Language change proposal

Chris Pressey cpressey@REDACTED
Fri Oct 24 18:53:21 CEST 2003

On Fri, 24 Oct 2003 15:42:49 +1300 (NZDT)
"Richard A. O'Keefe" <ok@REDACTED> wrote:

> Chris Pressey <cpressey@REDACTED> suggested:
> 	It's a good idea, but wouldn't it be easier to write code that
> 	works on different versions if it was done with macros,  e.g.
> 	  -ifdef(?ERLANG_5_3).
> 	[snip]
> 	  -endif.
> 	I think this would be the way to go if you wanted to write code
> 	that takes advantage of new features while still being able to
> 	compile and run on older installations.

Gee Richard A. O'Keefe, you sound a bit stressed.  Maybe you should make
yourself a nice hot cup of peppermint tea and re-read my "suggestion"
(as you call it) paying closer attention to how I used the word "if".

> Someone please tell me this was a late April Fools' joke?

Let me put it this way: if it's easy to tell when I'm being serious and
when I'm not, I'm not doing my job.  I AM a Bishop, after all.

> If would be nice if people finally understood why the Ada requirements
> explicitly required that there *NOT* be a preprocessor or conditional
> compilation facility...

Yes, it would be nice.  I think I've done my part by understanding it
fairly well.  However, I'm also not very optimistic about seeing
invariant expressions in Erlang any time soon.

Ah, but the rivers of the Erlang support list are choked with the bodies
of keyboard-pounding language designers, are they not?   Guardians of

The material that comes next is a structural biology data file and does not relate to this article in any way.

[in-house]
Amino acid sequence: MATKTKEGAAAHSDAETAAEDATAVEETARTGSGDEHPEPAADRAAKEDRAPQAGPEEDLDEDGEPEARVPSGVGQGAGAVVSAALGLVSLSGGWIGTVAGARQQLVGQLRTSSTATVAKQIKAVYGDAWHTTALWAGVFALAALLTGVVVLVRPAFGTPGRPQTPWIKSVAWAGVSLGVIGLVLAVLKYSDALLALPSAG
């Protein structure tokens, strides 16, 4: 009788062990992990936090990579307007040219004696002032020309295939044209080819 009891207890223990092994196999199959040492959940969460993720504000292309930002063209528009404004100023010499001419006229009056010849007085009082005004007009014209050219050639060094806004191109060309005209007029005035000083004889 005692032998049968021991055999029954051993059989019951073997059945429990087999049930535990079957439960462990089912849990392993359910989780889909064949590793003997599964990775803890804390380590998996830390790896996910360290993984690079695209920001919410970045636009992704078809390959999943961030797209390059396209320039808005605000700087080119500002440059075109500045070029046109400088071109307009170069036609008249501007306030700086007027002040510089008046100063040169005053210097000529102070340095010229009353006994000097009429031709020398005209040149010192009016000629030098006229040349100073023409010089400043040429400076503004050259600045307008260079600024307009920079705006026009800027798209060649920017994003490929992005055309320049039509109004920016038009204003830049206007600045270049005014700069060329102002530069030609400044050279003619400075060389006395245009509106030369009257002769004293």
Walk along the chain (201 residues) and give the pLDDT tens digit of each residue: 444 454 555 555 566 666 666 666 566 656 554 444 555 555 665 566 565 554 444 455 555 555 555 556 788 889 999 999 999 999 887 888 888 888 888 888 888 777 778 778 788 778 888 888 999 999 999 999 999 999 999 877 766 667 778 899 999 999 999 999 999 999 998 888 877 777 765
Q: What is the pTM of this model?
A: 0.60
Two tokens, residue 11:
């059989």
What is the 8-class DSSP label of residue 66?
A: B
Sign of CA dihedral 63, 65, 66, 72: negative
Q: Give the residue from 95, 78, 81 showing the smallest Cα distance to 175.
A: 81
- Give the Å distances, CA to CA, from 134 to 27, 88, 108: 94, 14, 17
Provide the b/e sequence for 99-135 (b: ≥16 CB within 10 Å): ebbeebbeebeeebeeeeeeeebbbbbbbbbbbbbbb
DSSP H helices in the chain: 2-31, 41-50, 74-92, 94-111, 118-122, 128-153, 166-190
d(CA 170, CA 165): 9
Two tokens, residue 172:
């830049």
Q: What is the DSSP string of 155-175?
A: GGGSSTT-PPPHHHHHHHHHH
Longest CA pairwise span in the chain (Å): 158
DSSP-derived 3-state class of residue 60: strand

Truth and Beauty, each and every one of us, who do not seem to realize
that Erlang is not a project in pursuit of perfect language purity.  It
is, in fact, an exercise in return-on-investment (right, Mr. Ericsson?)

And defining a new predefined macro is just about as small an investment
there is.

Take it one small step further and add -assert() to -ifdef() and
friends, and I for one have a hard time explaining the difference



  -assert(?ERLANG_VERSION, '5.3').

in terms that the average non-language-designing Erlang programmer would
appreciate or care about.  So it would seem to me that this small
investment gets a comparable return.  Perhaps even a greater one, when
you consider the same -assert() mechanism can be used for any other
macro already in use, predefined (like ?MACHINE) or otherwise.

So there you have a plausible case for using macros.

Of course, if you think that just because I can make that case means
that that's the way I truly feel, you're a bigger sucker than I thought.


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